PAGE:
Sonoma County adopts $1.78 billion budget, restoring millions in proposed cuts
Sonoma County supervisors approved a $1.78 billion budget Friday that sets aside millions of dollars for unforeseen expenses, a possible recession, emergency response and recovery and a host of health services while cutting only nine jobs from a 4,000-member workforce.
The spending plan for the fiscal year beginning July 1 also dedicates up to $6.8 million to unfunded pension obligations, which officials said was the largest single prepayment in county history on an obligation that totals about $370 million.
In two day-long budget hearings earlier in the week, the supervisors erased $14 million in cuts made in County Administrator Sheryl Bratton’s proposed 234-page budget by granting requests from county department heads. The board also approved $10 million for new programs and $3 million in requests from individual supervisors and community organizations.
Those actions left about $15 million in funding requests unfulfilled, which officials hailed as an achievement.
“We showed some restraint,” Supervisor Shirlee Zane said. “It’s important to show restraint.”
“I think we’re in a good place,” Board Chairman David Rabbitt told an audience of several dozen department heads and other administrators, also acknowledging the shortcomings.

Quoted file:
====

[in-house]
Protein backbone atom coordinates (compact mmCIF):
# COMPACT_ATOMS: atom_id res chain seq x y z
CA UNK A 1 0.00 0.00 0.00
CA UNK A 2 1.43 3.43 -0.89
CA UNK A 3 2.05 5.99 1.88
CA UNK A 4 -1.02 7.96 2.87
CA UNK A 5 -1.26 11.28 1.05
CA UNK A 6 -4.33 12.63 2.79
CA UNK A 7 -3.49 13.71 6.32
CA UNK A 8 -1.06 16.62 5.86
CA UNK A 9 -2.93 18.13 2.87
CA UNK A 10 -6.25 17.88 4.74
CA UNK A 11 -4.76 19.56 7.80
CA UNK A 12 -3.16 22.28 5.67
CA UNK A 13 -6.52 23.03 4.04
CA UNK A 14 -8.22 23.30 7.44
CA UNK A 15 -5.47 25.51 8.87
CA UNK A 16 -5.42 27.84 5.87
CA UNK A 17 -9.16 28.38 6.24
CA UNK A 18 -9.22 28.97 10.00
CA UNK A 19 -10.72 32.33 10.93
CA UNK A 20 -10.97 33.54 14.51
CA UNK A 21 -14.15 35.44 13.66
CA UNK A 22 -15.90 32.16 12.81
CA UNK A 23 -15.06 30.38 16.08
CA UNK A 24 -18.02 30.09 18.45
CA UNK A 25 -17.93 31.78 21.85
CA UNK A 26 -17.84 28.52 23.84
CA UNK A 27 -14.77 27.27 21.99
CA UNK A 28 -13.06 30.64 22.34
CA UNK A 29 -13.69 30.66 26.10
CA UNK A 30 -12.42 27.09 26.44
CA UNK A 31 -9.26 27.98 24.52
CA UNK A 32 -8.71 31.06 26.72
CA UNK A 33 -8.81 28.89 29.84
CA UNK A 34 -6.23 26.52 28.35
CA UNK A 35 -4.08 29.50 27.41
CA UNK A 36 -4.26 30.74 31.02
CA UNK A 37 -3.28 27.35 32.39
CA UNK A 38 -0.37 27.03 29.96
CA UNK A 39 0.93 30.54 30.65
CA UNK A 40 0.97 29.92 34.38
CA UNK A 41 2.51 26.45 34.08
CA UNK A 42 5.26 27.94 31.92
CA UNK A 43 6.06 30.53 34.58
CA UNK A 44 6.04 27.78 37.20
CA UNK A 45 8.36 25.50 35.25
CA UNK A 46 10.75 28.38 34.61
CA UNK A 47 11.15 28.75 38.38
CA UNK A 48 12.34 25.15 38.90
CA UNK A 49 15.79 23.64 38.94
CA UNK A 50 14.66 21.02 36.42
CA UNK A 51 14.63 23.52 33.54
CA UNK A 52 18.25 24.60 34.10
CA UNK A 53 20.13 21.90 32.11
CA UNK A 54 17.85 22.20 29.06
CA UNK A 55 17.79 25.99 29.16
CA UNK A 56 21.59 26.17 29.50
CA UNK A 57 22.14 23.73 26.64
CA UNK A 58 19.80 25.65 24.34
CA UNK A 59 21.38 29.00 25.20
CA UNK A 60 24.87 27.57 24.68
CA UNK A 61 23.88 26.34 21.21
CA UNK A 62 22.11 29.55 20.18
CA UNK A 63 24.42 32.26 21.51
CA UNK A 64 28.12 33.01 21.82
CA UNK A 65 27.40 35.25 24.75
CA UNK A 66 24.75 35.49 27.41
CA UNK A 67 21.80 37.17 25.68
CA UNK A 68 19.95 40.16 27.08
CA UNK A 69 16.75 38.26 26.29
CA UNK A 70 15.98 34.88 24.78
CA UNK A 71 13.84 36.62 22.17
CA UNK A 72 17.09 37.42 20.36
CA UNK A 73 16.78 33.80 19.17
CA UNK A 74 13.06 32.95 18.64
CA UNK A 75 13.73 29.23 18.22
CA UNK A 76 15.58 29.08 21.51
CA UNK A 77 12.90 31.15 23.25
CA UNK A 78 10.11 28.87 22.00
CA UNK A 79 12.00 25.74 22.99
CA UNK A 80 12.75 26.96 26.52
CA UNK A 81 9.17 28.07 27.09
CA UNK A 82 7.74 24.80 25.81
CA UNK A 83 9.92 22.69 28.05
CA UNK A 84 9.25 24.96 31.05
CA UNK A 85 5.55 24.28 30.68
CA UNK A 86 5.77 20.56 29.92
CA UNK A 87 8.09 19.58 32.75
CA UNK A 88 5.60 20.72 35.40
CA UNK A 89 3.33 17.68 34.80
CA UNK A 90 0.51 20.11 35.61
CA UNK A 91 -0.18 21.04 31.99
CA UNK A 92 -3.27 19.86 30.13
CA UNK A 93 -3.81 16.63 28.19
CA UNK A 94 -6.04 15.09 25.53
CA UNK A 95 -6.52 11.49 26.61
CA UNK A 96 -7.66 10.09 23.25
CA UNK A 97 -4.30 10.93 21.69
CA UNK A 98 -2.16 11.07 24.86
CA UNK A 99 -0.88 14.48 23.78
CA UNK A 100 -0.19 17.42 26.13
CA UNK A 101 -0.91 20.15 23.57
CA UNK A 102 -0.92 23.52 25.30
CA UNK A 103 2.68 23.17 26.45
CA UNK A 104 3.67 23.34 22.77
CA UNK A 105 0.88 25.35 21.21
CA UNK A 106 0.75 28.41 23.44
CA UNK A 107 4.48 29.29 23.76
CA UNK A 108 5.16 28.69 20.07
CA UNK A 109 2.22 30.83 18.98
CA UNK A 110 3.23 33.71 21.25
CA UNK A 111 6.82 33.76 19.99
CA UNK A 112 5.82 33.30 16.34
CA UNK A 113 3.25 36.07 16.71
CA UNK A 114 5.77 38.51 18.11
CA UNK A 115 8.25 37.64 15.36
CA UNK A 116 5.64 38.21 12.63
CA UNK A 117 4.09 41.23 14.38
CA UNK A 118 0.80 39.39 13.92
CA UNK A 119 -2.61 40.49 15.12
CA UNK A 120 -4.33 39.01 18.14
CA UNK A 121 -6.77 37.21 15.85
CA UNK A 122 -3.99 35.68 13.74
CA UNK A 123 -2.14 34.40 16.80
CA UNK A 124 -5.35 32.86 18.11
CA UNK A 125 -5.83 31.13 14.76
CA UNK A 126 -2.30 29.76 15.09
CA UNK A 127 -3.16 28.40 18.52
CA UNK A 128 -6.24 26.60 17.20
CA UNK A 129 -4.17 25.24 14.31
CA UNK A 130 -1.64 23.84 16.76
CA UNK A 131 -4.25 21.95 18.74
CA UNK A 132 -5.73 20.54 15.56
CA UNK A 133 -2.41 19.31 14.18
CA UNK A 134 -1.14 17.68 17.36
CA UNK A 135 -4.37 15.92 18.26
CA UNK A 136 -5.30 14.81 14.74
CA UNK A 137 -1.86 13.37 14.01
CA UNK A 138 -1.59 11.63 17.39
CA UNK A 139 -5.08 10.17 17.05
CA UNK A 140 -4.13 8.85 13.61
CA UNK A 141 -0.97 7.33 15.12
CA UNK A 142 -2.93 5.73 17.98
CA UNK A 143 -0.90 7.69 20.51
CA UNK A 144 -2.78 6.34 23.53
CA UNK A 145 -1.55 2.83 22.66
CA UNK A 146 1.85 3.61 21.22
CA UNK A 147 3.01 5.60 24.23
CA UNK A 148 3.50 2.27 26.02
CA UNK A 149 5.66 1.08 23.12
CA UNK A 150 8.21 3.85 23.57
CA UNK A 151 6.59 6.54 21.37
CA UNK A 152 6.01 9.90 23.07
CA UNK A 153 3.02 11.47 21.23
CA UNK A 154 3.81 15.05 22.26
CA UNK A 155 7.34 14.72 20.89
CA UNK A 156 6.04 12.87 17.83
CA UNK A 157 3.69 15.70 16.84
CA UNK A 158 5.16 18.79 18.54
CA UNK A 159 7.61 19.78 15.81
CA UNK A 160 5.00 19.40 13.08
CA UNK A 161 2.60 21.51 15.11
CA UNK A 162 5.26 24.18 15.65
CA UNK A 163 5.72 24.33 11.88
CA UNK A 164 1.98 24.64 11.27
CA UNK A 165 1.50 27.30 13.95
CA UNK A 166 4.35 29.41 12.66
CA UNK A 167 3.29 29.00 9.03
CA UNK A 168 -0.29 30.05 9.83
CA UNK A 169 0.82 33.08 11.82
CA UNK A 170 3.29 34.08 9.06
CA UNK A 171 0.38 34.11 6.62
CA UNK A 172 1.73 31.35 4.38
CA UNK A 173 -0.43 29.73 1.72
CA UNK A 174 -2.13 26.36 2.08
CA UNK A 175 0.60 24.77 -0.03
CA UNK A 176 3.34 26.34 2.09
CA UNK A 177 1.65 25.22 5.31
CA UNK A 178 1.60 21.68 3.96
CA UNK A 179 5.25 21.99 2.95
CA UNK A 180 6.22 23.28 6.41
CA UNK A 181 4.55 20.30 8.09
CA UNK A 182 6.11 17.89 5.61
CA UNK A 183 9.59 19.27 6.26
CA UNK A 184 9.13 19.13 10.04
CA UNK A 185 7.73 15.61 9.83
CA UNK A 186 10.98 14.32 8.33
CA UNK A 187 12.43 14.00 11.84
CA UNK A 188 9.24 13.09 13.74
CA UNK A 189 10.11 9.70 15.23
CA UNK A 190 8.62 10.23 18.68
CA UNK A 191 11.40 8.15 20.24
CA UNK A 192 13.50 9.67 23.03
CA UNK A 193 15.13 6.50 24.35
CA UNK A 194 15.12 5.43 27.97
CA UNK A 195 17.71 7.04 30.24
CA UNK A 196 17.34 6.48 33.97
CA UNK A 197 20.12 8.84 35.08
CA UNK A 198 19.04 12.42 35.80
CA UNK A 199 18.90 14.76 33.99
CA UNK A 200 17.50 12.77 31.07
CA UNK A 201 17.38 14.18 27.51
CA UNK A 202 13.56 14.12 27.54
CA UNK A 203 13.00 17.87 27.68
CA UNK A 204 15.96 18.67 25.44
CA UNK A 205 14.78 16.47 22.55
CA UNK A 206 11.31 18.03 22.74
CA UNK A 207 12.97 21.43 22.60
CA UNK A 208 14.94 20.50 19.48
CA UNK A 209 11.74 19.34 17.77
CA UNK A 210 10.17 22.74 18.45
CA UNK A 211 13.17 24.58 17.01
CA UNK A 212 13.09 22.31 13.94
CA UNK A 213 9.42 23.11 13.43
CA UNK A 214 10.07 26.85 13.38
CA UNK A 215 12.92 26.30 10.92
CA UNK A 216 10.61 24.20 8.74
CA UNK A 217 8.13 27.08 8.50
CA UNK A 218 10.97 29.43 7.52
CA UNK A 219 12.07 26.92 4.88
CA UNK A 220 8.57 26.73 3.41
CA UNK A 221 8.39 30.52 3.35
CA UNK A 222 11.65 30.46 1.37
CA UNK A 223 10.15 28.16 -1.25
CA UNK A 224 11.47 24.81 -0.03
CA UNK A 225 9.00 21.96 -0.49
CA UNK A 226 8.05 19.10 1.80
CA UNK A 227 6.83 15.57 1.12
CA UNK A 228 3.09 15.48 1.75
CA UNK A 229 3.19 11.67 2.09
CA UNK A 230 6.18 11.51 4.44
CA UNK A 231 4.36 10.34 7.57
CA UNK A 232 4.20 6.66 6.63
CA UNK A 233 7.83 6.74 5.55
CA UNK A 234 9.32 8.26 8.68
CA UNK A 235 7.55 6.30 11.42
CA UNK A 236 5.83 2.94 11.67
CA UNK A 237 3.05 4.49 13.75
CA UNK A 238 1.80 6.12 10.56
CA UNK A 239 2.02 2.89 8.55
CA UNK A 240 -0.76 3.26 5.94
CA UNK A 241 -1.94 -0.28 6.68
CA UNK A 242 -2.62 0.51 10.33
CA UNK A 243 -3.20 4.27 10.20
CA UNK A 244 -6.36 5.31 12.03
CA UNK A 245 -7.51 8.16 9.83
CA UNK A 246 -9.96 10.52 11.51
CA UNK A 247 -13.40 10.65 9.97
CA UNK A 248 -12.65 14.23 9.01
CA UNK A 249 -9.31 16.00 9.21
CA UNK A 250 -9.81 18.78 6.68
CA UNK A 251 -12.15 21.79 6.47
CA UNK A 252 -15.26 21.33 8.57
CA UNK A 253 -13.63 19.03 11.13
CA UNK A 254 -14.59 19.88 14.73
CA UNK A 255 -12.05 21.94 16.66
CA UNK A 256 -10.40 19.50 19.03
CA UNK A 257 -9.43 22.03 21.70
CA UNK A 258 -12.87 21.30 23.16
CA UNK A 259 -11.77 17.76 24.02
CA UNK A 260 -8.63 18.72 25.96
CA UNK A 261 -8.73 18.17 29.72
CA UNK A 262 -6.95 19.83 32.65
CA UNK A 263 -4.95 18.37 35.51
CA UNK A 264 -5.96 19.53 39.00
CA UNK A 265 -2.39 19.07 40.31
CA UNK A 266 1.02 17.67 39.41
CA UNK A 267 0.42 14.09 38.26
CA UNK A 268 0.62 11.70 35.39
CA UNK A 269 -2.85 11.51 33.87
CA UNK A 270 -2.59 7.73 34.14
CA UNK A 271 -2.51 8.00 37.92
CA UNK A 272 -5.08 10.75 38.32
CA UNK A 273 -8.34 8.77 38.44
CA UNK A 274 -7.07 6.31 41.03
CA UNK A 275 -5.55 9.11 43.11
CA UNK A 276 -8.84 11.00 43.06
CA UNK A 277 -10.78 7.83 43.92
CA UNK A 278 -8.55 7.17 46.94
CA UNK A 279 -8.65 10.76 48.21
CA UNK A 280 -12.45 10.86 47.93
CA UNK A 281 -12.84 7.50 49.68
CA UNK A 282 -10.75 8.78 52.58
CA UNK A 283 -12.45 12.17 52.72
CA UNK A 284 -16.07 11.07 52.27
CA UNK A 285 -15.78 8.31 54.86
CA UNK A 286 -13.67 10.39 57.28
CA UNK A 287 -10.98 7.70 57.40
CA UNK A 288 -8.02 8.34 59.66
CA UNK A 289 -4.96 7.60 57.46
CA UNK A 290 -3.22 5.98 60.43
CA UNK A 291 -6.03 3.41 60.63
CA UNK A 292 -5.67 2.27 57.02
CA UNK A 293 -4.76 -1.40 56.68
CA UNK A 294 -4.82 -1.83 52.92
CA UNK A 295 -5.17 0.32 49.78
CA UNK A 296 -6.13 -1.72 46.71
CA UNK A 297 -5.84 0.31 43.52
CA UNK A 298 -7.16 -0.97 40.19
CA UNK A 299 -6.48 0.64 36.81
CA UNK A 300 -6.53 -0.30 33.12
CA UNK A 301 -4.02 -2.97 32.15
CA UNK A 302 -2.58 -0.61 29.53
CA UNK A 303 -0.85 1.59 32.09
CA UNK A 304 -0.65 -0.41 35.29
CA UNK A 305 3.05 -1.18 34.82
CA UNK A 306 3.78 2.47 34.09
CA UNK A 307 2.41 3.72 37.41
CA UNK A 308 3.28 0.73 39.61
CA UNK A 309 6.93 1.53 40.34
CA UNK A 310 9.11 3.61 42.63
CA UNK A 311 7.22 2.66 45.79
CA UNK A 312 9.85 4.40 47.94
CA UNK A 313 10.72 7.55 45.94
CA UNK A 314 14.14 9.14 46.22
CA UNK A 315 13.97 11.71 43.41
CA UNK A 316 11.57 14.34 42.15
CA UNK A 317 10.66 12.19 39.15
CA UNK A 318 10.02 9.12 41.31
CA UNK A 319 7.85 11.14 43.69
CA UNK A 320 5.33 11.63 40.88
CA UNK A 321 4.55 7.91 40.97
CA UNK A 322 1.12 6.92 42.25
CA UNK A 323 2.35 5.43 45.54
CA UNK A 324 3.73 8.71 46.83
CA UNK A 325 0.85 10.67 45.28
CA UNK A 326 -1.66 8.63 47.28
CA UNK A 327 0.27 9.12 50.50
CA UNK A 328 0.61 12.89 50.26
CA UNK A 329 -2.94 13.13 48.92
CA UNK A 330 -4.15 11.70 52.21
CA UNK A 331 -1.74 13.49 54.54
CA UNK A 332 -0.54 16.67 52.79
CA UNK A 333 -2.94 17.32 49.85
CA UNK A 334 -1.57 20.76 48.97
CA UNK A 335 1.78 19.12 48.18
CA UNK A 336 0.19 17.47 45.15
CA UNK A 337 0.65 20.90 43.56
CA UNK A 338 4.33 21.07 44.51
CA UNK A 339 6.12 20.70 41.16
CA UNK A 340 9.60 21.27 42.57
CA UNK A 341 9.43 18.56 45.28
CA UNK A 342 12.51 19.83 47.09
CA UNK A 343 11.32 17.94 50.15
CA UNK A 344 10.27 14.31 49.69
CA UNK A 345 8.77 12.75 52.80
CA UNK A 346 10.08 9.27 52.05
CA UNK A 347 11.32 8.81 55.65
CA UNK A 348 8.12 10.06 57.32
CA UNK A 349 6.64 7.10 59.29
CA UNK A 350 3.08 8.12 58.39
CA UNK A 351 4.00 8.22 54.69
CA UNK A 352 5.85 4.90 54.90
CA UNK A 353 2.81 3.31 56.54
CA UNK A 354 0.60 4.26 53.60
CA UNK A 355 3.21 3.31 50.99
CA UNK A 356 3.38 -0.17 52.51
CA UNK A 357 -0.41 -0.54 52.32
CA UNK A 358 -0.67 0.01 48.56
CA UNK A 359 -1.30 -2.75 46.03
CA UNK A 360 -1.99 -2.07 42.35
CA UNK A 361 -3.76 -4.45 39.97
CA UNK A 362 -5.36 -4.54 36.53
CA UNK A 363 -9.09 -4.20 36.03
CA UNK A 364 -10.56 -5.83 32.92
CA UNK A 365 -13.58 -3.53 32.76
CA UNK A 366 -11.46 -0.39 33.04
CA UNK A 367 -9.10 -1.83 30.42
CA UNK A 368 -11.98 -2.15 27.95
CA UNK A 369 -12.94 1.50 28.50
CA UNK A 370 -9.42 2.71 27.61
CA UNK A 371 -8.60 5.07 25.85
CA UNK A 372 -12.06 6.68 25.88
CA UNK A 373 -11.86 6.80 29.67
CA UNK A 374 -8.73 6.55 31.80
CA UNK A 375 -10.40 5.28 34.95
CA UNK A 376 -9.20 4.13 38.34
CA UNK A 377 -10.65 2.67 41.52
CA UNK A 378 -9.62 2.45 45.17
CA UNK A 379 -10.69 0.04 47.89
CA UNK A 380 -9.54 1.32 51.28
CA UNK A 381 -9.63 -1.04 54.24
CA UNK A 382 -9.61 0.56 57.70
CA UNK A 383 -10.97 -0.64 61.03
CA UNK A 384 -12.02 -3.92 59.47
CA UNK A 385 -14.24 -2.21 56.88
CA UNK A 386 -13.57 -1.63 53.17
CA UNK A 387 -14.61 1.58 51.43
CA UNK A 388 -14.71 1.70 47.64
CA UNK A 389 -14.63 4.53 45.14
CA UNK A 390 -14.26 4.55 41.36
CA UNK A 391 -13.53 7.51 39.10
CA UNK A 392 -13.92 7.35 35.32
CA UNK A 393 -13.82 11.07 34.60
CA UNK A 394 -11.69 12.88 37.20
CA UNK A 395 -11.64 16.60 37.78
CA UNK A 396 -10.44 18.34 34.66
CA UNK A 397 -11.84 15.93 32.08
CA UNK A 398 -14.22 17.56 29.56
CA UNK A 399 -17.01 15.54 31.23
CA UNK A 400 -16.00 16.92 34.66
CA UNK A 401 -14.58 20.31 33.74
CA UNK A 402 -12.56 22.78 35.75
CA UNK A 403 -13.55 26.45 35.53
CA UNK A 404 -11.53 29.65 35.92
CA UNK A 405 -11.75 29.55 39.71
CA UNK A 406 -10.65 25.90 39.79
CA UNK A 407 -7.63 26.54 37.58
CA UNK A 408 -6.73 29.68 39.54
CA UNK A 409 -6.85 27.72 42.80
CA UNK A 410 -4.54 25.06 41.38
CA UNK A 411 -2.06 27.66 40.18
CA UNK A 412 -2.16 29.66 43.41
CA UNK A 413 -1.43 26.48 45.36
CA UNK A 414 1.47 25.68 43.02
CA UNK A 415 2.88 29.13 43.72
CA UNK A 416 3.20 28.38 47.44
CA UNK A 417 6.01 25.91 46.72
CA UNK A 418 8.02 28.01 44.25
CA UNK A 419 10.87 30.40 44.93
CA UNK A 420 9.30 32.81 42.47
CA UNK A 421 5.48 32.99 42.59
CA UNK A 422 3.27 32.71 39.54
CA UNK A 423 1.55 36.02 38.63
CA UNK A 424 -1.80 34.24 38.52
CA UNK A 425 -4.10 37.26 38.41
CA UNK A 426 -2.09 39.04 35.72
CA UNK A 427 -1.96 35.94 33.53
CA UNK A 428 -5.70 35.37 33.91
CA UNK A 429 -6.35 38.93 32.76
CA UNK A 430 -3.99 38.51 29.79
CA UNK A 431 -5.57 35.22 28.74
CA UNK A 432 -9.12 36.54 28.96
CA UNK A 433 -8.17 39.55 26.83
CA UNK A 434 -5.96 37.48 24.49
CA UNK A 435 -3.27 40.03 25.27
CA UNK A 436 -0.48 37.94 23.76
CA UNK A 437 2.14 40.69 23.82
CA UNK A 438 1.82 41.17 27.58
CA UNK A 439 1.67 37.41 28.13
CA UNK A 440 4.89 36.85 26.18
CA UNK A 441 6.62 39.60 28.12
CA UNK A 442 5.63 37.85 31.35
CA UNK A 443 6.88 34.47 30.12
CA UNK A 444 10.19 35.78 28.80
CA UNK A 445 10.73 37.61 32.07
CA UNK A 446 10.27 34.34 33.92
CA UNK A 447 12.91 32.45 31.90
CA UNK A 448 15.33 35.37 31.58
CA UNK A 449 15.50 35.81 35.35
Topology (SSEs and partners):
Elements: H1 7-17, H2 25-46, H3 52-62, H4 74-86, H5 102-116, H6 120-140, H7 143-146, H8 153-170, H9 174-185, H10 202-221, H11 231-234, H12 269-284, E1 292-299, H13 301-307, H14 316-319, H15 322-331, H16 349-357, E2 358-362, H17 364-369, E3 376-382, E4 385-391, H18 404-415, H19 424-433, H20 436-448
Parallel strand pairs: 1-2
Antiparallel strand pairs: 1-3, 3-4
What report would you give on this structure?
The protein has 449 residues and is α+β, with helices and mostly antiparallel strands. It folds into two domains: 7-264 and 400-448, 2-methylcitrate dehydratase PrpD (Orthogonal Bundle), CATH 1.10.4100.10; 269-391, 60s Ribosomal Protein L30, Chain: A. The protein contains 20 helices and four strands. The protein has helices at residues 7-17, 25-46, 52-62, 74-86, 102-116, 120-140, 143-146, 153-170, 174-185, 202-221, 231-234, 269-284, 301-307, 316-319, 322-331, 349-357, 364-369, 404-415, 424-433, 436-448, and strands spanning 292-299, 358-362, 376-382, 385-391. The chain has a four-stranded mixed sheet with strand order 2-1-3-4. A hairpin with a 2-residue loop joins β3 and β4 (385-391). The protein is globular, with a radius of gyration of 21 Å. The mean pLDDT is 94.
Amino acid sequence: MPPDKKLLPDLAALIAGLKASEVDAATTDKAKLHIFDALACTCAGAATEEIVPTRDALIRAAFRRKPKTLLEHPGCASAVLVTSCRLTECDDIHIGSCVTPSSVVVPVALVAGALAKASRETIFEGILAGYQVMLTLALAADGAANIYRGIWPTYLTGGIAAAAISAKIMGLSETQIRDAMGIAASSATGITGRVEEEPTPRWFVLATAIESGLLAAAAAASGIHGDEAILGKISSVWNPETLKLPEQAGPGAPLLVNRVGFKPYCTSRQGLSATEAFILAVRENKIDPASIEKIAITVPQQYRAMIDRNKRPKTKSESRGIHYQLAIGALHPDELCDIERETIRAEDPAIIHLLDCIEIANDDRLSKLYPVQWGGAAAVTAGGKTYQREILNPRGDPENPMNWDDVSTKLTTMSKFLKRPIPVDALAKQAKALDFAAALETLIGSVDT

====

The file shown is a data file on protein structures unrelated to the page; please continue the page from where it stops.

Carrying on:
“I know there are still so many things you want that are out there,” he said expressing hope that future budgets would provide more revenue.
Officials noted that about $4.4 million in one-time funds were applied to ongoing expenses — including eight jobs, with six in health services — which will have to be reconsidered in the 2020-21 budget.
Sound budgeting policy holds that you match ongoing funding with ongoing expenses, reserving one-time funds for nonrecurring expenses.
The supervisors have discretion over just $320 million in the general fund, about 18% of the budget dominated by state and federal funds earmarked for programs beyond local control.
The board acted quickly, approving the budget in just an hour Friday morning, after marathon sessions Tuesday and Wednesday hashing over a spreadsheet that started with more than 100 budget items.
The lighter workload Friday morning even allowed some family time.
Supervisor Lynda Hopkins’ infant son, Linden, wearing a white knit cap, cooed pleasantly during the meeting, nestled in both his mother’s and Zane’s laps.
Opening Wednesday’s meeting, Supervisor James Gore remarked that “gambling and cannabis are saving our budget this year.”
Nearly $11 million in funds paid by the Graton Resort & Casino since 2013 contributed to the budget, along with $2.6 million in cannabis taxes, fines, fees and penalties collected since 2017.
On the negative side, the county was short $5.6 million in property tax revenue in the wake of the 2017 wildfires.
On Tuesday, Rabbitt noted the need for a “soft landing” with cash reserves to offset a recession, and Supervisor Susan Gorin, a former Santa Rosa councilwoman, recalled the “painful” experience of managing city finances during a historic slump.
Among their decisions Friday, the supervisors set aside $2.5 million in an “economic uncertainty” fund to help weather a downturn “economists are predicting will likely happen at the end of 2020,” according to a county press release.
Another $2.5 million was earmarked to replenish reserves “to make sure we’re not at the rock bottom level,” Rabbitt said.